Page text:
As mentioned in the last section, we feel anxious when our mind perceives some kind of threat or worry. The physical feeling of anxiety is our body's attempt to prepare for this threat. Often we know we're not in real danger, but we keep feeling anxious anyway! At these times, distracting our minds from the idea of threat will result in the body's response calming down. 

Click here to download our distraction ideas.

When we feel anxious, or have unusual experiences like hearing voices or feeling paranoid, it's easy to get swept up in the emotion and react very quickly. This is understandable but may not always be helpful. Instead, try to pause. Take a step back and follow the steps below.


STOP: Stop and mentally step back. Try to not react immediately.

TAKE A BREATH: Try to take a deep breath and pay attention to what it feels like as you breathe in and out.

OBSERVE: Notice what you are feeling and thinking. If you're worried about something, is this fact or opinion? Are you thinking the worst, or jumping to conclusions? Where is your attention focused? How do you feel in your body?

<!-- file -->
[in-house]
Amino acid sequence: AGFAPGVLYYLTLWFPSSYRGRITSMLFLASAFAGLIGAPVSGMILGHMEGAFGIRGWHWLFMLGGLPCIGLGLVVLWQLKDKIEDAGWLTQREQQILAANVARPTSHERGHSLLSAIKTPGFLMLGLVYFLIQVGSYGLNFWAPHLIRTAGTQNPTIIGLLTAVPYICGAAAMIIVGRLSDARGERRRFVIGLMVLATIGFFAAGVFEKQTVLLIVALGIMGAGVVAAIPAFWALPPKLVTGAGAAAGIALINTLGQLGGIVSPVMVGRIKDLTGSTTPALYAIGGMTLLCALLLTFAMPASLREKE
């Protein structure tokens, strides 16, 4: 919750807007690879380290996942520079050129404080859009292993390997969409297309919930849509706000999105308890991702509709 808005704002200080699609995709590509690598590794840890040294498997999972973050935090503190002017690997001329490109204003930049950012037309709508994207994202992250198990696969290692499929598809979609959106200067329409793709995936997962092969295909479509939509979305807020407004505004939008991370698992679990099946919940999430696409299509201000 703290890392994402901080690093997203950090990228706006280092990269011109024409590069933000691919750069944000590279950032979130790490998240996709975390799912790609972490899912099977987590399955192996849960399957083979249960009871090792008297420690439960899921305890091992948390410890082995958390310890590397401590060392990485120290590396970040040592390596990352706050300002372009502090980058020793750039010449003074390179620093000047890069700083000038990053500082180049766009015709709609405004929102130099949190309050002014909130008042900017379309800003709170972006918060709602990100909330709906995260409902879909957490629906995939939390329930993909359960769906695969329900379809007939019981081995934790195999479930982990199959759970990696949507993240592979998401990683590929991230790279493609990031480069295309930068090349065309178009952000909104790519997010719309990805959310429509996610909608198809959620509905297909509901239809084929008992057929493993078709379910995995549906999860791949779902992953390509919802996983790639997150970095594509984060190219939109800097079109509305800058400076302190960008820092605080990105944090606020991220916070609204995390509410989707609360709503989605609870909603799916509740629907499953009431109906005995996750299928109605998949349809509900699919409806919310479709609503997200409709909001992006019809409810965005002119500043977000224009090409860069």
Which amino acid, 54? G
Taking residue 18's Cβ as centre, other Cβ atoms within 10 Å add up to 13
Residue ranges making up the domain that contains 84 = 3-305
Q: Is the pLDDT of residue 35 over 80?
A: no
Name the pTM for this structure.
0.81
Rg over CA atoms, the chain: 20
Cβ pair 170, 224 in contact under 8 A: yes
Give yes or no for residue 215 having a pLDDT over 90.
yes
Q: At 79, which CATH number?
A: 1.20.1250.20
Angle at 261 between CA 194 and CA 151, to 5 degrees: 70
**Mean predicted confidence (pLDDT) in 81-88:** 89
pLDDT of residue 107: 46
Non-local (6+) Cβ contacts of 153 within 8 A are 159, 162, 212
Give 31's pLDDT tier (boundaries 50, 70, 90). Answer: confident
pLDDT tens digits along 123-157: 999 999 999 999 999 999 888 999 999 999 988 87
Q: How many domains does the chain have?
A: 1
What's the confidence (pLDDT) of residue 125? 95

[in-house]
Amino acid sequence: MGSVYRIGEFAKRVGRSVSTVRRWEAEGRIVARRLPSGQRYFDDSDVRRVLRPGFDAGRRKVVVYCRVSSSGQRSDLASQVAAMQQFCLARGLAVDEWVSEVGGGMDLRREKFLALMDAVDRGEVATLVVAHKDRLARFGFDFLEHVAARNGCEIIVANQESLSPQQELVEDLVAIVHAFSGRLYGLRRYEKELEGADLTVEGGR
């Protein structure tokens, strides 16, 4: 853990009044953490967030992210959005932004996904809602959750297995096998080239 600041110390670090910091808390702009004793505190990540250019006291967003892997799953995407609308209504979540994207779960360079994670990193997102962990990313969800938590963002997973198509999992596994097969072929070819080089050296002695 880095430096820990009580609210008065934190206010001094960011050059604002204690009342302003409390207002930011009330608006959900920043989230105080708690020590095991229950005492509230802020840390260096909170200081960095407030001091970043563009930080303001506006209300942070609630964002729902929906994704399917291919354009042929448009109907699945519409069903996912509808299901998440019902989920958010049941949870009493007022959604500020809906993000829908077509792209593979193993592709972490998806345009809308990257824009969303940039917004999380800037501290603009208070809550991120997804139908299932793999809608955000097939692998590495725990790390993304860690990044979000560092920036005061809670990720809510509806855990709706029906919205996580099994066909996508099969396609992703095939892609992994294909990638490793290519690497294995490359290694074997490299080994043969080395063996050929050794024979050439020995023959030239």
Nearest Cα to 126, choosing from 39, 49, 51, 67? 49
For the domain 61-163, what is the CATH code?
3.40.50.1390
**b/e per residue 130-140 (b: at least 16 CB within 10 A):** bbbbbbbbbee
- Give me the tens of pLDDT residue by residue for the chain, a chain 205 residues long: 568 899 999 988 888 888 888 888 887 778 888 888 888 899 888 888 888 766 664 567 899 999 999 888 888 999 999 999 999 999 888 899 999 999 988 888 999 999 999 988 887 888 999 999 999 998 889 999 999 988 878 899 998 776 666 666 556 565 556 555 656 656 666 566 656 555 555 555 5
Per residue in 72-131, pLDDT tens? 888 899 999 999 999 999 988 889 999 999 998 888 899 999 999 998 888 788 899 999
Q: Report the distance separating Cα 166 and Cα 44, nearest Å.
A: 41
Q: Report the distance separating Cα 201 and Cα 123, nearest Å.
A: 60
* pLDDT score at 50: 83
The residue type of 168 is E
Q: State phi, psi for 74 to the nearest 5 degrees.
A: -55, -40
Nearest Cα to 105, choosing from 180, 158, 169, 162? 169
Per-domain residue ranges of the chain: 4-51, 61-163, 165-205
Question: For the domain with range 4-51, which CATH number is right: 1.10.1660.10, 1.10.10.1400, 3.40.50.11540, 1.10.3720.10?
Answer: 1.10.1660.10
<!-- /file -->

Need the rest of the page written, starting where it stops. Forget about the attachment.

PULL BACK: Try to put things in perspective. Could you look at this situation another way? Are there any other possibilities or explanations? What would a friend or family member say? How important is this and will I think the same in 6 months? Is how I feel proportionate, or has my reaction been influenced by something else?

PRACTICE: Practice what works for you and what you find helpful. How would you like to respond? What would be the consequences of this? How does this fit with your values and what you feel is important? What would be the best and most helpful response in this situation?


Click here to download this STOPP guide

Many people hear voices, or see or sense things that other people don’t. There are many different versions of these experiences, both positive and negative. For some people, these experiences can be distressing and can have an impact on their lives. If you're struggling with unusual experiences then it might be helpful to learn more about how they can be managed. 

Click here for some advice on dealing with scary voices.

This material has been developed by Voice Collective